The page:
However, in the first instance, fostering good relationships seems to be at odds with the concept of inner happiness. If your happiness is driven by your inner most thoughts and feelings, why should a good relationship matter? First of all, we humans are social animals and we thrive at best in groups and when we are connected to others. So we can be happy on our own, but we are much happier when we are connected to someone else.

But even far more fundamental point is that people who have inner happiness are much better at relationships than those who rely on other people to drive their happiness. Those who have found inner happiness are usually whole and secure and they do not need other people to fill in their happiness, instead their own happiness flows into the relationship, flourishing the relationship.

“Happiness is an inside job. Don’t assign anyone else that much power over your life” – Mandy Hale

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Happiness… An inside Job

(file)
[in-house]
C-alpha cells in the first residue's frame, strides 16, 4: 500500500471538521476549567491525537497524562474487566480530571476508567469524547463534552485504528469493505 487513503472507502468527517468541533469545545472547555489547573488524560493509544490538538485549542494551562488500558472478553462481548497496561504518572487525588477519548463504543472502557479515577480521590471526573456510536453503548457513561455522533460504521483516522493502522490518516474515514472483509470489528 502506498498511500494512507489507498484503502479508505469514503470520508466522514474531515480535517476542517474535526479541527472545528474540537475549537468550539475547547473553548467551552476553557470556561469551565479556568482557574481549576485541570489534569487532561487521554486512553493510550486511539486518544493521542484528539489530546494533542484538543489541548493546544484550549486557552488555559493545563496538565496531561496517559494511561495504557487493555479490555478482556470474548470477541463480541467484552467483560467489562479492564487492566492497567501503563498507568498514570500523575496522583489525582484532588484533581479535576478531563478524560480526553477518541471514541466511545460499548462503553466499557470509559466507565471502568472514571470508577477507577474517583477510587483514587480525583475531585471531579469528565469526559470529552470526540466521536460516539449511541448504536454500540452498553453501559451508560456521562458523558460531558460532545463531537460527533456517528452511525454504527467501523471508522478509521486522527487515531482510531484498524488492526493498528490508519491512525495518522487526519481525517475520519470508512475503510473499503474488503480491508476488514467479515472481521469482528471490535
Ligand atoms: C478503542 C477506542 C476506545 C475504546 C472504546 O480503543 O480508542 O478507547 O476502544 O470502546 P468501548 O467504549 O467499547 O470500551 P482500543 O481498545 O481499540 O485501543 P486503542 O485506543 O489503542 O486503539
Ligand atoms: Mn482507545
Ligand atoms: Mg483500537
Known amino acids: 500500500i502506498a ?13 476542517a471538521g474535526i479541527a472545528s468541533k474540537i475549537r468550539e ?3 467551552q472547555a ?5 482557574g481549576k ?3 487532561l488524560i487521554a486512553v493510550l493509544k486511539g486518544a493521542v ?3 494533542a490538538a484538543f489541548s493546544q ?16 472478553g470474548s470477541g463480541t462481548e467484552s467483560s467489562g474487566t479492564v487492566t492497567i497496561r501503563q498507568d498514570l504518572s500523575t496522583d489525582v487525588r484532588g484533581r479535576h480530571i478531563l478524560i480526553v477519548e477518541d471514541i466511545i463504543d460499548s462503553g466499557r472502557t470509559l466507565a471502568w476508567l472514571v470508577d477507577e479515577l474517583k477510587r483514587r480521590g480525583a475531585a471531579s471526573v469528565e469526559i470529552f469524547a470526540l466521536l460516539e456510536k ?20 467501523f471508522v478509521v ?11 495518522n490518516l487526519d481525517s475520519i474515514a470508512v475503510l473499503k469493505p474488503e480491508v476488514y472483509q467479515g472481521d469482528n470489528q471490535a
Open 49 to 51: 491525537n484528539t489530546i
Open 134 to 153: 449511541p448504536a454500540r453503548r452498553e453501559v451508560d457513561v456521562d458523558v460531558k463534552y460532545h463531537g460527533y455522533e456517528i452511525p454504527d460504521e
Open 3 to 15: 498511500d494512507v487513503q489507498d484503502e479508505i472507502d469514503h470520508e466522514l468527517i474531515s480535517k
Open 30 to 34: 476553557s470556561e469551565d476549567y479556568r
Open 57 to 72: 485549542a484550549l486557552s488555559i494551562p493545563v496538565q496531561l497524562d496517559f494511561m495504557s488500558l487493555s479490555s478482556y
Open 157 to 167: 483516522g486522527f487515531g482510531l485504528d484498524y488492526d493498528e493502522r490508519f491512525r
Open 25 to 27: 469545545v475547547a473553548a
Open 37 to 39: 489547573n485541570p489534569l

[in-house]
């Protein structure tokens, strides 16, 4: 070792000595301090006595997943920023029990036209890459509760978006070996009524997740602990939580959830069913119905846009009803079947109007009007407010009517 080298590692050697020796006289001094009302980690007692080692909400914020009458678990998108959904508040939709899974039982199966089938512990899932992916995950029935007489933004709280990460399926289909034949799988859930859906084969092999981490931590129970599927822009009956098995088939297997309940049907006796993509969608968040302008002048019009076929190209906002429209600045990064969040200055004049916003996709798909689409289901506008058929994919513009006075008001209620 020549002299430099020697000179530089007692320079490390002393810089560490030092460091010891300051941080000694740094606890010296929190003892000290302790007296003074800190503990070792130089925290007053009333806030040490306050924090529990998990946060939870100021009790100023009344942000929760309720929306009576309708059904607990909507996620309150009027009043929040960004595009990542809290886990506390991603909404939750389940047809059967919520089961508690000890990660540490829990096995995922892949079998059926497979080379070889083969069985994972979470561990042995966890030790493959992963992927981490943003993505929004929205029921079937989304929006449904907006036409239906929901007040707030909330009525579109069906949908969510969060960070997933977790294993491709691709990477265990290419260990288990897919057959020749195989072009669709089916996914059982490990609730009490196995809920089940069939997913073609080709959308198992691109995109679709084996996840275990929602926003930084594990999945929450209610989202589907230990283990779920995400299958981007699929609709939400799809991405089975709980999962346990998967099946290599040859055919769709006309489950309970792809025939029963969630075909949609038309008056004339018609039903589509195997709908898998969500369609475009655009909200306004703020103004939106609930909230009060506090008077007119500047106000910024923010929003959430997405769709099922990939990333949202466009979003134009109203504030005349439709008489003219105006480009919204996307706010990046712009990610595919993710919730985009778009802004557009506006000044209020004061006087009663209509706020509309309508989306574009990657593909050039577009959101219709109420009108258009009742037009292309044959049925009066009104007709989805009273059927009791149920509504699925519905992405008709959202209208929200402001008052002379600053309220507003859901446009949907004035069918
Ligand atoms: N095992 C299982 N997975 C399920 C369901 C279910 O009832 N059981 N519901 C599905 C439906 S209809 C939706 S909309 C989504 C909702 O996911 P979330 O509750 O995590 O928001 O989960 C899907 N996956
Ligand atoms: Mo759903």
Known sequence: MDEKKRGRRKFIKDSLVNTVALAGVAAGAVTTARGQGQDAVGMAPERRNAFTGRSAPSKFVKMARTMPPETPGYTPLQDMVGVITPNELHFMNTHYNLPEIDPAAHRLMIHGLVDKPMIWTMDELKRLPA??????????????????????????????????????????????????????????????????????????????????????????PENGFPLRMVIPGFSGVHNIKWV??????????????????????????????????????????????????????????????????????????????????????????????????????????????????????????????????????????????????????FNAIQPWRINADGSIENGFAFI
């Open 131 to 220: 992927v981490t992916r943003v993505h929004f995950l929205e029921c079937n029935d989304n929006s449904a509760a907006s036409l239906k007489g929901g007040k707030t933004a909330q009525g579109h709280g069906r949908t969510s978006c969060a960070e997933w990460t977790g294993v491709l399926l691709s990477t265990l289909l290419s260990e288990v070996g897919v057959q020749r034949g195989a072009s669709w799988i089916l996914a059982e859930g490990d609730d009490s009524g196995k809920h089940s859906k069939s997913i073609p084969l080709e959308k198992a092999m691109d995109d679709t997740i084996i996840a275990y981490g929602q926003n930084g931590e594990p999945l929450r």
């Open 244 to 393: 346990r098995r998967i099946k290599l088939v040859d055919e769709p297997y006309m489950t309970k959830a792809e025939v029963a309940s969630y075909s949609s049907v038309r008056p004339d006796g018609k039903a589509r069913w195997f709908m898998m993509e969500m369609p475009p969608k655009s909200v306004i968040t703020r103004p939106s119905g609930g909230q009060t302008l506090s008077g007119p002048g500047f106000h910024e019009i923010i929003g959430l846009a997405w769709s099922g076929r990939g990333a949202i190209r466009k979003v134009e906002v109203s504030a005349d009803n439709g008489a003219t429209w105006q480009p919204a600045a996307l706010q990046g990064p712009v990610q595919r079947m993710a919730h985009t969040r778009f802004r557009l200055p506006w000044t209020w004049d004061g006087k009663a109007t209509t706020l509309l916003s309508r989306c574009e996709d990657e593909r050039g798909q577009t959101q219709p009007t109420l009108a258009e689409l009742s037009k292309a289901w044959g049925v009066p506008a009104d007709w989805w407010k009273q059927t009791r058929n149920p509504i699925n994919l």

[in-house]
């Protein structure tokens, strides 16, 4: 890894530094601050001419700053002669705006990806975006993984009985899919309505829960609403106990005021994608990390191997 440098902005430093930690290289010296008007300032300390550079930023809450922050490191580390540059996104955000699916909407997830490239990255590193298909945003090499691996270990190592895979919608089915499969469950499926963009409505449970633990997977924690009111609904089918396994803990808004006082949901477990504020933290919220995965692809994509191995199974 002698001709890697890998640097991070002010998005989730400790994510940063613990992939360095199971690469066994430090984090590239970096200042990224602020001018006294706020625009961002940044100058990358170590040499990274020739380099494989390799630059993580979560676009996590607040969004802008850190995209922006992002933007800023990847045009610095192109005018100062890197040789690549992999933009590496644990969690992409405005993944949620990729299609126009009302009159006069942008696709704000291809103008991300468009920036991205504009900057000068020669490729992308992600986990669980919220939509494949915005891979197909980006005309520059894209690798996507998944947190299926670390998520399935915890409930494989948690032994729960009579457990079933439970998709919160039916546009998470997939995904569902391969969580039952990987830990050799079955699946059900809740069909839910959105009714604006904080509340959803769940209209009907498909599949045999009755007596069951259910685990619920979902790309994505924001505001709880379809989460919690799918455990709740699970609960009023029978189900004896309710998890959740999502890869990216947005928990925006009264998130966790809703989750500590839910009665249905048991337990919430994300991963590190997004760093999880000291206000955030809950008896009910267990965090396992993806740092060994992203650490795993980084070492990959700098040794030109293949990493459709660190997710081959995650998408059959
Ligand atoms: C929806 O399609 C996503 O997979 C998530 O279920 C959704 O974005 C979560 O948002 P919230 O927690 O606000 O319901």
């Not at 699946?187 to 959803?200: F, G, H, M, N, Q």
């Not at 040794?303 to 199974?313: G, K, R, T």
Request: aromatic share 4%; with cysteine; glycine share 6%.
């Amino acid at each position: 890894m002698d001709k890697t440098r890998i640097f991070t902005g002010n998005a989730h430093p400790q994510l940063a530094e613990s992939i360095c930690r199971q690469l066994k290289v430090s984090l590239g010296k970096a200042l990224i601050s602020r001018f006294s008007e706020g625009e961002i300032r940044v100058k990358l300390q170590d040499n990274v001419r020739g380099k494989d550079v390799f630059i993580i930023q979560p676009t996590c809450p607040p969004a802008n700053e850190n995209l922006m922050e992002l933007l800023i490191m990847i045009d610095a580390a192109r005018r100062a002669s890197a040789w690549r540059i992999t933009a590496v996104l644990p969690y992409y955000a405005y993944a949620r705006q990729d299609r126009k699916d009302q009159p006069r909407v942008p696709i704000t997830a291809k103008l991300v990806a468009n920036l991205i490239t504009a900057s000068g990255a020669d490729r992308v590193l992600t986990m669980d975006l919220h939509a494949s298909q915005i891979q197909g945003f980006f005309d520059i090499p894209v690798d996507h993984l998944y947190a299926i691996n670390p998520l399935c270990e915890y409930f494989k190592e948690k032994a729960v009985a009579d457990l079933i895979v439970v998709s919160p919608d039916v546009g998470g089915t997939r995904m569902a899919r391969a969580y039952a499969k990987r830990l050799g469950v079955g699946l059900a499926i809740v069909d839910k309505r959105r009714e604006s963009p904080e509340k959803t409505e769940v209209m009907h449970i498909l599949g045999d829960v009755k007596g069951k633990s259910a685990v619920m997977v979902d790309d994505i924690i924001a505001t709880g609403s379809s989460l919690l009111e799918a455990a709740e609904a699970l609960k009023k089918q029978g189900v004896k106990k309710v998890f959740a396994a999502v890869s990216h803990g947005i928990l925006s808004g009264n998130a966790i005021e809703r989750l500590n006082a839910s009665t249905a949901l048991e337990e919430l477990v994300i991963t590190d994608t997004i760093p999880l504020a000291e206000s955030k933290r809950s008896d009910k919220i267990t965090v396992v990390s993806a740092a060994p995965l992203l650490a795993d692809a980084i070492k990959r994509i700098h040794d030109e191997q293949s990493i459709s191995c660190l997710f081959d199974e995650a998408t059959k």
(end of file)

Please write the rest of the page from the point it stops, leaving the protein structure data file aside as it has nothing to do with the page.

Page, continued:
In the pursuit of happiness, one of the hardest concepts to get our head around is the fact that happiness is an inside job, with the sole responsibility of happiness is within us rather than dependent on other people or external factors.

I know people say ‘happiness is a choice’, but how many of us really chose to be happy? Isn’t it easier to blame others/ events / weather for our unhappiness rather than admit we are unhappy because we choose to be?!

For me, it was one thing knowing that whether I am happy or sad depended entirely on me and actually doing something about it! Doing something about it, turns out to be quite simple; and it was all in my head!

  • Positive reframing